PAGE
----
The Alaska Marine Science Symposium is being covered by APRN contributor Steve Heimel.
5:15 p.m. It’s over. The Symposium concluded with the presentation of awards for the best student presentations but most of the winning students were not there, presumably back at their studies. North Pacific Research Board executive director Denby Lloyd said the event had 842 participants and went well. The symposium concluded with some overviews of the big ecosystem project the NPRB is finishing up now for the Gulf of Alaska, and a sobering and lengthy list of all the impacts of the Gulf of Alaska warm water “blob” seen by Gulf Watch Alaska – the die-offs of top predators and the disturbing shifts in both phytoplankton and zooplankton that have so far been reported. Some participants have already left and others are leaving but for a great many of them the work goes on in the form of more specialized workshops and planning sessions tomorrow for this year’s field season.
2:30 p.m. – The listing of Cook Inlet’s dwindling beluga whale population as Endangered has brought an influx of research funding that’s paying off in a lot of new knowledge about exactly what these creatures do in the turbulent and clouded waters of the Inlet. Bob Small of the Alaska Fish and Game delivered the results of five years of acoustic monitoring. It turns out that belugas give out a characteristic sound when they feed. If the animals are tagged, researchers can also detect a temperature difference in their stomachs as they consume their prey.
Small said the acoustic monitors were deployed in locations up Knik Arm past Eagle River and down the Inlet to Trading Bay. The whales have to navigate the turbid waters of the Inlet by echolocation, frequently involving distinctive “click” signals, so the instruments showed their presence at times when they were not feeding. Generally, but not entirely, they moved to the less ice-congested lower inlet in the winter, where they seemed to find less food. Surprisingly, even during the winter, some belugas were heard in Knik Arm. Small said they decided against trying to place moorings in Turnagain Arm because of the treacherous conditions there.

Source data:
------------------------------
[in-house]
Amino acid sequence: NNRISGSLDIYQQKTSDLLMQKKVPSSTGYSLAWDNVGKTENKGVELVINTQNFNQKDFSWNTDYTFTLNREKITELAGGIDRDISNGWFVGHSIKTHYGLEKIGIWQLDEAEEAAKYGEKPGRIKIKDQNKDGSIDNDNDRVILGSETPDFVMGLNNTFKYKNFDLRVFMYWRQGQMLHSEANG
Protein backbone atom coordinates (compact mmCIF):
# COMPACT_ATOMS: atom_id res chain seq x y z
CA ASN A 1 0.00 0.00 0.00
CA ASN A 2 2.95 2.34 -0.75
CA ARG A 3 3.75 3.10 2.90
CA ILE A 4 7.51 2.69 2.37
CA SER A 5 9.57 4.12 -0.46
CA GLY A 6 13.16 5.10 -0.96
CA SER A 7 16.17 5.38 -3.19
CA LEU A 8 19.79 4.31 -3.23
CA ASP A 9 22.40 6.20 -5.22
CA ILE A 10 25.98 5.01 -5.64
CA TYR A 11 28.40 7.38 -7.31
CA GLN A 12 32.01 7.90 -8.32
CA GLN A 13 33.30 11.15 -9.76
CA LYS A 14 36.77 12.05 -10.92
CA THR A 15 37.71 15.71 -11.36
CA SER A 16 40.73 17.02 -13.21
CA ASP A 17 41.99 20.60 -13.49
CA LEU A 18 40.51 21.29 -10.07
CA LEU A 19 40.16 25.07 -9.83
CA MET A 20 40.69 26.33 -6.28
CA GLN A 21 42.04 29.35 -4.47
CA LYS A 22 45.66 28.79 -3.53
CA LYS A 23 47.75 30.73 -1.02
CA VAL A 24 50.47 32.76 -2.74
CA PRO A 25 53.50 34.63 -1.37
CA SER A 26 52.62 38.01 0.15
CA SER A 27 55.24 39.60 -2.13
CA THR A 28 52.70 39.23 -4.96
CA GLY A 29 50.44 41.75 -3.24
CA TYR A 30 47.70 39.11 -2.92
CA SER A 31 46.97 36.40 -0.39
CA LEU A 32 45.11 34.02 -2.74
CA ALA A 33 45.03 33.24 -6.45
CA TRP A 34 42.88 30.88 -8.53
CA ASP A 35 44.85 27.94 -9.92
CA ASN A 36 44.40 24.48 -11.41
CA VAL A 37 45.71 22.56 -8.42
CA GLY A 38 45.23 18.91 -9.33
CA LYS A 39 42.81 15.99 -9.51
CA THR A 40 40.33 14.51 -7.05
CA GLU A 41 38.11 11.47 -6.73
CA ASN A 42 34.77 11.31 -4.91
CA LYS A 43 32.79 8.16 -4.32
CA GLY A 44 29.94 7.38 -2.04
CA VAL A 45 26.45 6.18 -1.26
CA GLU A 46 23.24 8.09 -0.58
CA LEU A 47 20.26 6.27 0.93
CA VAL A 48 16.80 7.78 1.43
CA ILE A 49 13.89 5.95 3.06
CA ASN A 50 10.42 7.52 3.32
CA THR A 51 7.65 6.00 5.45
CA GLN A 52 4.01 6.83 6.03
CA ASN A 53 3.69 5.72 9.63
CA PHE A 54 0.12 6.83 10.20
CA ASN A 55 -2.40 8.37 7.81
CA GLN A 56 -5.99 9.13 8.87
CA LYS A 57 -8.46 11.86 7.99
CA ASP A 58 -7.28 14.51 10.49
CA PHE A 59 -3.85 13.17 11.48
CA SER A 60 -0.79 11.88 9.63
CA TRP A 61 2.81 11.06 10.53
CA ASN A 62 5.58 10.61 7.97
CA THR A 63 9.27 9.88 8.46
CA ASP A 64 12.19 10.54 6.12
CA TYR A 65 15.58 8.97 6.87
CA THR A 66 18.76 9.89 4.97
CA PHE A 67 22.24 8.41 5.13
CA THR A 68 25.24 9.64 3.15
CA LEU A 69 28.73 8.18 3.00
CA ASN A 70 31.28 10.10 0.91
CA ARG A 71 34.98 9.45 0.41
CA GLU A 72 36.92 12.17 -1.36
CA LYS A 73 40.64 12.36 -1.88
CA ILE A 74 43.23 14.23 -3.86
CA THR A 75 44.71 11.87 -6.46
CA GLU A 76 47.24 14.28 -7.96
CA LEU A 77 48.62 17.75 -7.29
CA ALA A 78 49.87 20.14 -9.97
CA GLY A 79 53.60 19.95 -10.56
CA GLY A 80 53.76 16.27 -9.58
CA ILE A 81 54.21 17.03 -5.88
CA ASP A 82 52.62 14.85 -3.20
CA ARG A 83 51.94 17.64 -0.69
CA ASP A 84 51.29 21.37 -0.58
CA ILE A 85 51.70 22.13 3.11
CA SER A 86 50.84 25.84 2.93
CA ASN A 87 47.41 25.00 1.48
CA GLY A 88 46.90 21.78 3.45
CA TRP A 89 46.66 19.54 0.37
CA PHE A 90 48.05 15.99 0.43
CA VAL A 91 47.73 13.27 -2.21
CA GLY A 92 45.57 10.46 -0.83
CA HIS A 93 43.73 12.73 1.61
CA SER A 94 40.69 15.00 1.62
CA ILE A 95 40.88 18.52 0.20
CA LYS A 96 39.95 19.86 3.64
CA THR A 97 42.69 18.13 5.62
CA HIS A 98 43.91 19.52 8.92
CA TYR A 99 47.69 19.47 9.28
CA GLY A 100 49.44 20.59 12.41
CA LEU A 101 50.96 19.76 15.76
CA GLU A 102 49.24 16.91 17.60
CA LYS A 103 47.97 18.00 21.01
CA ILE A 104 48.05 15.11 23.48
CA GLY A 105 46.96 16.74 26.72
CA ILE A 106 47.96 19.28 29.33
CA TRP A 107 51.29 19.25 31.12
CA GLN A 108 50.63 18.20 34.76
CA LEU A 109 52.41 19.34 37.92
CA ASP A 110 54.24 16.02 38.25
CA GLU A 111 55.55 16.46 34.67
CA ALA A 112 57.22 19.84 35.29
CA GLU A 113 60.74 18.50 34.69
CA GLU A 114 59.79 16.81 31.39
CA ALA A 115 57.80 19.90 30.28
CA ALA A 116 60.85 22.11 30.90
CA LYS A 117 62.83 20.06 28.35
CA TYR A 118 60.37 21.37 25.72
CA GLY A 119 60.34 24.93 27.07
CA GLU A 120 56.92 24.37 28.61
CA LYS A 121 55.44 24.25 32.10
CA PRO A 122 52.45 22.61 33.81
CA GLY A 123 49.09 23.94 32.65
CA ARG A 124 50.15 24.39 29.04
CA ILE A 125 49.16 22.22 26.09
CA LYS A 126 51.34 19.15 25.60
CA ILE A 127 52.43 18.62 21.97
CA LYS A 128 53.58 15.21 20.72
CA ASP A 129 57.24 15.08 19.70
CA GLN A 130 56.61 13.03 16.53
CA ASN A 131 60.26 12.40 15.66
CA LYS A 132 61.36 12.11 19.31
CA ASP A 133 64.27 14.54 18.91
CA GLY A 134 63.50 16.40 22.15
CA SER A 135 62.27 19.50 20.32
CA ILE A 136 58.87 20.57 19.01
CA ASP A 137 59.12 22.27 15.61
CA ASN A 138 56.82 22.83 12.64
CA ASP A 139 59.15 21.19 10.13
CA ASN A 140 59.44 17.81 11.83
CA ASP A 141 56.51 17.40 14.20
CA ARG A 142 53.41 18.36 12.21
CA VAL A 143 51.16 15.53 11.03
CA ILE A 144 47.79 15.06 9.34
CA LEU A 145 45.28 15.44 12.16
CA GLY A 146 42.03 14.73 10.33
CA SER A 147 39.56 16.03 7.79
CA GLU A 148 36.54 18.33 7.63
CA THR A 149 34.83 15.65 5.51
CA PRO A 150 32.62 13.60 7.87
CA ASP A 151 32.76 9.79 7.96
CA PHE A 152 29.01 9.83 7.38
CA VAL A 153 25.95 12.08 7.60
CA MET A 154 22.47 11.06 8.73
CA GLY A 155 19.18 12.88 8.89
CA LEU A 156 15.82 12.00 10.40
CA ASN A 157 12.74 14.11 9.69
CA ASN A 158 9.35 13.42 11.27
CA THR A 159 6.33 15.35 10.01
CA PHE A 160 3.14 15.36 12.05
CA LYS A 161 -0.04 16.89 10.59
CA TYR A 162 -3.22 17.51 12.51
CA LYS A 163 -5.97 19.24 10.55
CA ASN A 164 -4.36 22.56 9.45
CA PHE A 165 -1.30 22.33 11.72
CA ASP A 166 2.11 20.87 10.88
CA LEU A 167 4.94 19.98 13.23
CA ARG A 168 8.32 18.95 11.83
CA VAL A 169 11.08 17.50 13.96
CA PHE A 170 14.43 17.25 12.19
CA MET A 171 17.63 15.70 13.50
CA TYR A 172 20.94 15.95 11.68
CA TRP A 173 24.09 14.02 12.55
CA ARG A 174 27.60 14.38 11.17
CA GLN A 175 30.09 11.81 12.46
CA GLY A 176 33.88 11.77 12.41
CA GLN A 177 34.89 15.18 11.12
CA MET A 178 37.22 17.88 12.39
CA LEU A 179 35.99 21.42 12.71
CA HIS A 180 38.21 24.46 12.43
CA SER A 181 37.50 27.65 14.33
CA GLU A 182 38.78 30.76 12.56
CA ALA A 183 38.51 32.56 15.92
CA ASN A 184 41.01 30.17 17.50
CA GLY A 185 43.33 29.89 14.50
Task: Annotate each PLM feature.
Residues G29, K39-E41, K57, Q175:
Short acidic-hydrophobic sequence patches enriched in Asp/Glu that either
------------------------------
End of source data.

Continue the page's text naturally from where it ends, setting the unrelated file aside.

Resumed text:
11:50 a.m. — The last presentation of the morning was a summary from the U.S. Fish and Wildlife Service on what they know and don’t know about the die-off of seabirds seen this month on Gulf of Alaska beaches and even far inland. Most of the birds have been common murres, which is s species often subject to large die-offs, but this event will likely be the largest and most widespread on record. And seeing the starving birds dying far inland apparently searching for food is “nearaly unheard of,” said USFWS’s Heather Renner. If there is any convergence of evidence, it points to the “Blob” of warm water in the Gulf and the resulting changes in the food web. Researchers have now examined more than a hundred of the birds but have seen no sign of toxins in their stomach contents, but then again, Renner said, the birds were so starved that there was hardly anything in their stomachs to test.
11:00 a.m. — The shellfish mariculture industry is taking steps to prepare for ocean acidification with new equipment for monitoring, forecasting, and even treating water that might harm their animals.
An instrument called a “Burke-o-later” is being used at the Aluttiq Pride hatchery in Seward to monitor the seawater in real time instead of with a two day lag, according to Wiley Evans of the Hakai Institute. It’s the work of Burke Hayes, of Oregon State University. Concern about acidification is huge in the industry in Oregon and Washington.
Acidification monitoring is increasing in Alaska, and Ketchikan will soon be added to an existing network in the Gulf of Alaska.
Evans says also coming into use is technology to treat seawater when necessary to address acid conditions.